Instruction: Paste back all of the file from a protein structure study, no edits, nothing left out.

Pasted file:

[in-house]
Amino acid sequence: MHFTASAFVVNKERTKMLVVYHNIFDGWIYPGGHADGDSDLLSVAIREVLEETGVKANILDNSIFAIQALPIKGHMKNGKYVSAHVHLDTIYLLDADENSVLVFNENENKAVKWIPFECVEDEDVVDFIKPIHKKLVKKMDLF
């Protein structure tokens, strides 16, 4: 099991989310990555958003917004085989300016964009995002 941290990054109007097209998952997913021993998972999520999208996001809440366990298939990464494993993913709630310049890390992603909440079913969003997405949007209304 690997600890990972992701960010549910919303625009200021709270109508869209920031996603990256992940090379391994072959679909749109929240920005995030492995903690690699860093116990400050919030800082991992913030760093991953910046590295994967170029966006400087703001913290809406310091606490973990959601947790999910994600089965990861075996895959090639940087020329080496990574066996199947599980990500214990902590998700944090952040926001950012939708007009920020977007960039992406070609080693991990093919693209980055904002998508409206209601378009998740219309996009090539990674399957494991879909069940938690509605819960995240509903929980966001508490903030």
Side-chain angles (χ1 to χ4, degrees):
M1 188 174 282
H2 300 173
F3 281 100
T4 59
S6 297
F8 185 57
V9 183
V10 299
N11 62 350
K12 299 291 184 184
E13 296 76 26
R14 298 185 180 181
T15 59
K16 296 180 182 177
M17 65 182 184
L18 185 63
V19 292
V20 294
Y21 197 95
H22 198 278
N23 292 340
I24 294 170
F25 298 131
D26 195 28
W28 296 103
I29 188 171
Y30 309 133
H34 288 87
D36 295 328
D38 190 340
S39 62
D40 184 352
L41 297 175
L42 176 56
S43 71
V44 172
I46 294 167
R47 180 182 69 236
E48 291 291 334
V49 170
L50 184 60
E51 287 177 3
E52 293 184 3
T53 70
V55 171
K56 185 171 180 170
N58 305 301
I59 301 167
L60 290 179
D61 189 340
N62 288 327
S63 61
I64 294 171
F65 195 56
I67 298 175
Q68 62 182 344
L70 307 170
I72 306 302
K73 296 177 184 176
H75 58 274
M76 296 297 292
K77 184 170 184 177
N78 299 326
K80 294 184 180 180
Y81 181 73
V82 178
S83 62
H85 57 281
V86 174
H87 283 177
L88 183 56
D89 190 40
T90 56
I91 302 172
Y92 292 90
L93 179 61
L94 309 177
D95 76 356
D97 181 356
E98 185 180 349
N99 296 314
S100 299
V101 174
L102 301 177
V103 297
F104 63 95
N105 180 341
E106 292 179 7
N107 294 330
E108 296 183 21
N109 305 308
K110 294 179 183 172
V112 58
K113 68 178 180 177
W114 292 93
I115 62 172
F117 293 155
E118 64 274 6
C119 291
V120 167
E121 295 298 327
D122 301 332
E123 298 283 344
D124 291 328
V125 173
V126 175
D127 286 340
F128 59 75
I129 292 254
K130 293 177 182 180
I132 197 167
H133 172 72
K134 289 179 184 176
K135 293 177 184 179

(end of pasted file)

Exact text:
[in-house]
Amino acid sequence: MHFTASAFVVNKERTKMLVVYHNIFDGWIYPGGHADGDSDLLSVAIREVLEETGVKANILDNSIFAIQALPIKGHMKNGKYVSAHVHLDTIYLLDADENSVLVFNENENKAVKWIPFECVEDEDVVDFIKPIHKKLVKKMDLF
């Protein structure tokens, strides 16, 4: 099991989310990555958003917004085989300016964009995002 941290990054109007097209998952997913021993998972999520999208996001809440366990298939990464494993993913709630310049890390992603909440079913969003997405949007209304 690997600890990972992701960010549910919303625009200021709270109508869209920031996603990256992940090379391994072959679909749109929240920005995030492995903690690699860093116990400050919030800082991992913030760093991953910046590295994967170029966006400087703001913290809406310091606490973990959601947790999910994600089965990861075996895959090639940087020329080496990574066996199947599980990500214990902590998700944090952040926001950012939708007009920020977007960039992406070609080693991990093919693209980055904002998508409206209601378009998740219309996009090539990674399957494991879909069940938690509605819960995240509903929980966001508490903030």
Side-chain angles (χ1 to χ4, degrees):
M1 188 174 282
H2 300 173
F3 281 100
T4 59
S6 297
F8 185 57
V9 183
V10 299
N11 62 350
K12 299 291 184 184
E13 296 76 26
R14 298 185 180 181
T15 59
K16 296 180 182 177
M17 65 182 184
L18 185 63
V19 292
V20 294
Y21 197 95
H22 198 278
N23 292 340
I24 294 170
F25 298 131
D26 195 28
W28 296 103
I29 188 171
Y30 309 133
H34 288 87
D36 295 328
D38 190 340
S39 62
D40 184 352
L41 297 175
L42 176 56
S43 71
V44 172
I46 294 167
R47 180 182 69 236
E48 291 291 334
V49 170
L50 184 60
E51 287 177 3
E52 293 184 3
T53 70
V55 171
K56 185 171 180 170
N58 305 301
I59 301 167
L60 290 179
D61 189 340
N62 288 327
S63 61
I64 294 171
F65 195 56
I67 298 175
Q68 62 182 344
L70 307 170
I72 306 302
K73 296 177 184 176
H75 58 274
M76 296 297 292
K77 184 170 184 177
N78 299 326
K80 294 184 180 180
Y81 181 73
V82 178
S83 62
H85 57 281
V86 174
H87 283 177
L88 183 56
D89 190 40
T90 56
I91 302 172
Y92 292 90
L93 179 61
L94 309 177
D95 76 356
D97 181 356
E98 185 180 349
N99 296 314
S100 299
V101 174
L102 301 177
V103 297
F104 63 95
N105 180 341
E106 292 179 7
N107 294 330
E108 296 183 21
N109 305 308
K110 294 179 183 172
V112 58
K113 68 178 180 177
W114 292 93
I115 62 172
F117 293 155
E118 64 274 6
C119 291
V120 167
E121 295 298 327
D122 301 332
E123 298 283 344
D124 291 328
V125 173
V126 175
D127 286 340
F128 59 75
I129 292 254
K130 293 177 182 180
I132 197 167
H133 172 72
K134 289 179 184 176
K135 293 177 184 179